Let's first do a quick overview of the thesis. According to Kimmel, young men aged 16 to 26 experience extended adolescence according to a debaucherous fraternity subculture. Kimmel speaks of this "Guyland" as if it is a territory, but the parallels go only as far as to say that Guyland is governed by a malevolent "Guy Code" that allegedly perpetuates hyper-masculine flavors of peer pressure and the Bystander Effect. Outside of that, Guyland has no observable borders or governance structure—although Kimmel appears to believe that both are present in the form of a nebulous social system. The text's message captures the imagination of concerned parents everywhere by saying that insecure, codependent or naive young men (and women) gravitate to Guyland in an attempt to "fit in" with the wrong "almost-men."
Kimmel defines collegiate masculinity almost entirely in terms of the frat boy, as opposed to the average student. Kimmel admits near the beginning that "most guys aren't bad, they just know bad guys," but apparently this minority of bad guys are still universally influential in everyone's adolescence. Again, Kimmel never draws borders for Guyland. This bizarre scope is never justified, yet I suspect Kimmel uses it because it fits with the popular and unhealthy notion that masculinity is predatory, privileged, entitled or hedonistic.
In many ways Kimmel appeals to the concerned parent in a way that for some reason reminds me of Jack Thompson. Kimmel suggests that video games, sports and radio, create "spaces" where men can retreat from women (pg. 127; 134; 143; 151; 161). and that women's beauty or independence either provokes men into violent retaliation (pg. 229) or strips them of any desire to grow up (pg. 31). These wild speculations are only easy to swallow because of Kimmel's ability to appear both concerned and open.
The book shows no evidence that the examples of corrupted masculinity cited therein are anything more than picked cherries designed to sell broader speculations. Also, nowhere in the book does Kimmel ask perfectly reasonable questions like "Do young men lash out because they feel misunderstood?", "Do young men withdraw because video games are easier that dealing with the pressures we unknowingly place on them?" or "Why do some young men confuse recklessness with adulthood?" Instead, Kimmel presumes on the character of young men in particular—women never face any constructive criticism at all—and spreads a new flavor of the tired meme that masculinity enforces gender roles and a power structure, all at the expense of women, minorities, children and the kind of man Kimmel imagines as worthy of designation as an adult. Does Kimmel ever give a nod of recognition to young men who take their studies seriously and compare their future social influence to that of Guyland? No. Apparently the future philanthropist playboy is no match for the Stifmeister-types in Kimmel's dystopian fantasy.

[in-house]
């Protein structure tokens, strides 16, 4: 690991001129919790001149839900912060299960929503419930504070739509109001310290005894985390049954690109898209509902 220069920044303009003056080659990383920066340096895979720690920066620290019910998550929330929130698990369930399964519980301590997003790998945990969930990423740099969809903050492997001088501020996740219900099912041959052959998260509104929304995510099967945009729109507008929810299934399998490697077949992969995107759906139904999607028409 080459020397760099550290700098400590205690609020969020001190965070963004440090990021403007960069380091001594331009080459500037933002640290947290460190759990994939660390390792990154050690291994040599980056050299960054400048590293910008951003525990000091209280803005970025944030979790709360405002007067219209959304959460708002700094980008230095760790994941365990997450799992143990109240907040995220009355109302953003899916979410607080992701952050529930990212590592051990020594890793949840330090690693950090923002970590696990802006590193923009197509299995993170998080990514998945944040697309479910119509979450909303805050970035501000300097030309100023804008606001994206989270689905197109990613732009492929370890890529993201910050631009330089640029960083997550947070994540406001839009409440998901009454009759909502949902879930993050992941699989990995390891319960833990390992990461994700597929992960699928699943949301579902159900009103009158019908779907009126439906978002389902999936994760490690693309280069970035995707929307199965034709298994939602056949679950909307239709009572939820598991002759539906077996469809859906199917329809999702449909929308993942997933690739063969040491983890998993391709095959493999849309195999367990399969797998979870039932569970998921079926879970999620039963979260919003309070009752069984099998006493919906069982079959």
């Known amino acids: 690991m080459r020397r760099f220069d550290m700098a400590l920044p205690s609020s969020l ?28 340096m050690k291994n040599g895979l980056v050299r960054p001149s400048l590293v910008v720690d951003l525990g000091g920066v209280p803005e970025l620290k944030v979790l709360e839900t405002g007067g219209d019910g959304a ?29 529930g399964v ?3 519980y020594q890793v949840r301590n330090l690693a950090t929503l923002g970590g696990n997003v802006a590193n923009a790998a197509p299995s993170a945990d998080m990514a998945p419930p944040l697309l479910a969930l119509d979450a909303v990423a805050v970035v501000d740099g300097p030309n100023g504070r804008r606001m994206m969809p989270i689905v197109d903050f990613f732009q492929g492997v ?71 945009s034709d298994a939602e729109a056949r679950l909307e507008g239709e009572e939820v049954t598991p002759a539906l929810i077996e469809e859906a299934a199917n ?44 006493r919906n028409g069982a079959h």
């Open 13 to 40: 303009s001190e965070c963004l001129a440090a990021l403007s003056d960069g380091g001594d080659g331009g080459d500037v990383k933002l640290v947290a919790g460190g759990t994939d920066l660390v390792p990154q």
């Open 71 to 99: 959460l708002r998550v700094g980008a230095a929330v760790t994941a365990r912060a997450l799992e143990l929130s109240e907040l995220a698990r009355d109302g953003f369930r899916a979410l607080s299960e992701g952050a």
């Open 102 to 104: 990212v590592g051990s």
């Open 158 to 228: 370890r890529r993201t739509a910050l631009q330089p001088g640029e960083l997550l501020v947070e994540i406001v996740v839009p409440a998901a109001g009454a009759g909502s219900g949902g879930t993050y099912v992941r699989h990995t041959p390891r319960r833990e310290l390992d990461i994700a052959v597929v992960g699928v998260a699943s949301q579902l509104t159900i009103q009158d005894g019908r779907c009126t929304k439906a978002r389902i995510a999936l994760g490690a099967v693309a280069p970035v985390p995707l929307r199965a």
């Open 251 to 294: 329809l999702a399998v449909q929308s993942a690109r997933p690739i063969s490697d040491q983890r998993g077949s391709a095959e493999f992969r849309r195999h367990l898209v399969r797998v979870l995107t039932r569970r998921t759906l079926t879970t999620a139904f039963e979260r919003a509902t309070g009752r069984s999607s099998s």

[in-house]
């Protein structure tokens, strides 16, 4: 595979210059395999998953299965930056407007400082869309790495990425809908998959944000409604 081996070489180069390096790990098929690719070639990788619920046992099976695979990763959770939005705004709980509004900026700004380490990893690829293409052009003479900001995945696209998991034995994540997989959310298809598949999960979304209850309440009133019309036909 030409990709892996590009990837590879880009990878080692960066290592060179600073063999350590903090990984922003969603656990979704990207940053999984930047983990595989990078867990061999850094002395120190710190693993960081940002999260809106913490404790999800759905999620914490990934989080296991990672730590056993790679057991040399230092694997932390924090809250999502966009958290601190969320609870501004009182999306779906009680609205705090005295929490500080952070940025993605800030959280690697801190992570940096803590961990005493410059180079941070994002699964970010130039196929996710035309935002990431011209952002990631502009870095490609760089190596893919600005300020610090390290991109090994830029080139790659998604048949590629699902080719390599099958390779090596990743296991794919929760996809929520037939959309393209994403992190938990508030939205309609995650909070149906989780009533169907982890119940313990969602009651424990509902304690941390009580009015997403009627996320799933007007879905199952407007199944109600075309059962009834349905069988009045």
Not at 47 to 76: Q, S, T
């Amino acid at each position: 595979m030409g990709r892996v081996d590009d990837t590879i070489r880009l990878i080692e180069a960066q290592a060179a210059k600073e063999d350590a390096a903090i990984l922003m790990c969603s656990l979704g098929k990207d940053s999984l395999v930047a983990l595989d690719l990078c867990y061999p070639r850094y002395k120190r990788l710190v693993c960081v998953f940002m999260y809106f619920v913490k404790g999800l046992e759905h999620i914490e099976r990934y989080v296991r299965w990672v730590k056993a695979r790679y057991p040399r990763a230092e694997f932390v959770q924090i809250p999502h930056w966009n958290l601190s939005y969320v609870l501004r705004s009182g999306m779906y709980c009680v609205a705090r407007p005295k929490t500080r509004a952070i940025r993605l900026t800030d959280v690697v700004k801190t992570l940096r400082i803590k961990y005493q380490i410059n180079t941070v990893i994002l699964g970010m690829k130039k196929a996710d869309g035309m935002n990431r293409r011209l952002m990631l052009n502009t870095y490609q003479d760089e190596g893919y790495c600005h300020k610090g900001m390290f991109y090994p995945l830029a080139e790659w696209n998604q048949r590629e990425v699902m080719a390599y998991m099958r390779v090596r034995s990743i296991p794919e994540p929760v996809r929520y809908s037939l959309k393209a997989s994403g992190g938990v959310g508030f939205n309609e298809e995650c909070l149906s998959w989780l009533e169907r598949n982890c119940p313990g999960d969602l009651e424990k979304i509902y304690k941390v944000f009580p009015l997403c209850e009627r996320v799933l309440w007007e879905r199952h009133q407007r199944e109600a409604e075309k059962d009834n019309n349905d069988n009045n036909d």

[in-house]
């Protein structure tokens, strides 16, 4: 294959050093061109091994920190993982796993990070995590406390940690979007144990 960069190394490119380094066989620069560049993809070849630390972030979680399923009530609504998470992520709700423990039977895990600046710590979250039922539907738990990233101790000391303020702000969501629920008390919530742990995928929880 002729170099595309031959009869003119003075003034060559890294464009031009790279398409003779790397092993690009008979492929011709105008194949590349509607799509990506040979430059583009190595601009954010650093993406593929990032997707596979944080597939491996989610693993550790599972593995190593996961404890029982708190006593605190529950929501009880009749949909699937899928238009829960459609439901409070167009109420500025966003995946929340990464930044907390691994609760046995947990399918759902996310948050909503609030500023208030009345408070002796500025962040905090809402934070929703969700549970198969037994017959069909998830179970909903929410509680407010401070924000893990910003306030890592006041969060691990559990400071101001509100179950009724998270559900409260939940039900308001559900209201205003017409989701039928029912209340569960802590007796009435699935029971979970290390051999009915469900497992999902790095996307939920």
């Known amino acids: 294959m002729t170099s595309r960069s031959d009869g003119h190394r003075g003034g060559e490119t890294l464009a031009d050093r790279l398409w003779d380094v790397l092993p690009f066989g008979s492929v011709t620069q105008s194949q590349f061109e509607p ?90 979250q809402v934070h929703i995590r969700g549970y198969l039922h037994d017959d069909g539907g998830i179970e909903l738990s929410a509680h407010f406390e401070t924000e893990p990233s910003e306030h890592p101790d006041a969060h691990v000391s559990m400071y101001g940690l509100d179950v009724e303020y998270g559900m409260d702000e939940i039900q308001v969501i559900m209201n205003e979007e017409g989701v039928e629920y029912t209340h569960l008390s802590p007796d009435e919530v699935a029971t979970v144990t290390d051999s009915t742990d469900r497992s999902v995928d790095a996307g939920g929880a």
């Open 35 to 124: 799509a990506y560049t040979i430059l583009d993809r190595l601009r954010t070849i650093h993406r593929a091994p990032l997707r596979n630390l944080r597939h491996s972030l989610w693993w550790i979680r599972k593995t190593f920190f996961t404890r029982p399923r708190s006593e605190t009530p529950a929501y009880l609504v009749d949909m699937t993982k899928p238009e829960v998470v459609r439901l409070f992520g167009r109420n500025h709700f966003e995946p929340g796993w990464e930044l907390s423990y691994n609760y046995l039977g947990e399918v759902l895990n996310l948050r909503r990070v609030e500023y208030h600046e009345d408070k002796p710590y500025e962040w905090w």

To be fair, Kimmel has decades of activity in his background regarding masculinity. However, unlike a scientist, Kimmel speculates, then seeks confirmation. He does not discuss many contraindicators to Guyland as a meme (such as women's social influence through the April 4th directive by the Department of Education--Please study that, it affects everyone), which suggests to me that Kimmel manufactured the context such that critics look wrong, even if they are not.
The powers of Guyland seem to change according to Kimmel's topic. How can a subculture of men be reckless enough to literally drink themselves to death, powerful enough to impose a way of life, and still weak enough to lose all of their influence when a man or woman decides they have nothing to prove to frat boys? The power structure makes no sense!
Kimmel haphazardly substantiates his meme with a heap of selected anecdotes and limited data sets begging for additional context. I cannot help but think that Kimmel's years of experience went to cherry-picking, but I suppose that won't hurt book sales so long as he beguiles the public with his trendy "social scientist" title.
Guyland is a meme that is now required reading in many masculinity studies courses, which, in my view, are not mature or stable enough in terms of peer-review to constitute quality science. Guyland is a product of an academic counter-culture that is only a few decades old, and so far I see little more than speculative texts of the same tone.
Given my experience in social activism and my readings in both epistemology and political science, Guyland is only a pertinent text without the necessary gravity to live beyond the ideological forces that merely wish it's truth into being. It is a beneficiary of the Woozle effect, given the major in-group bias evidence in the list of citations. I could go on, but I suggest to everyone here that they read Professing Feminism: Education and Indoctrination in Women's Studies (ISBN-10: 0739104551) to learn the methodology and biases behind books like Guyland.
I assume that you, the reader, want to understand men. Excellent! But if you read this book, do not think you have digested anything remotely representative of the adolescent male experience. This is a book that sells a message to people who already took a side. If you want to know young men, go get to know some without letting this book install a filter into your head that teaches you to ignore and disrespect the cool young men who have an amazing future.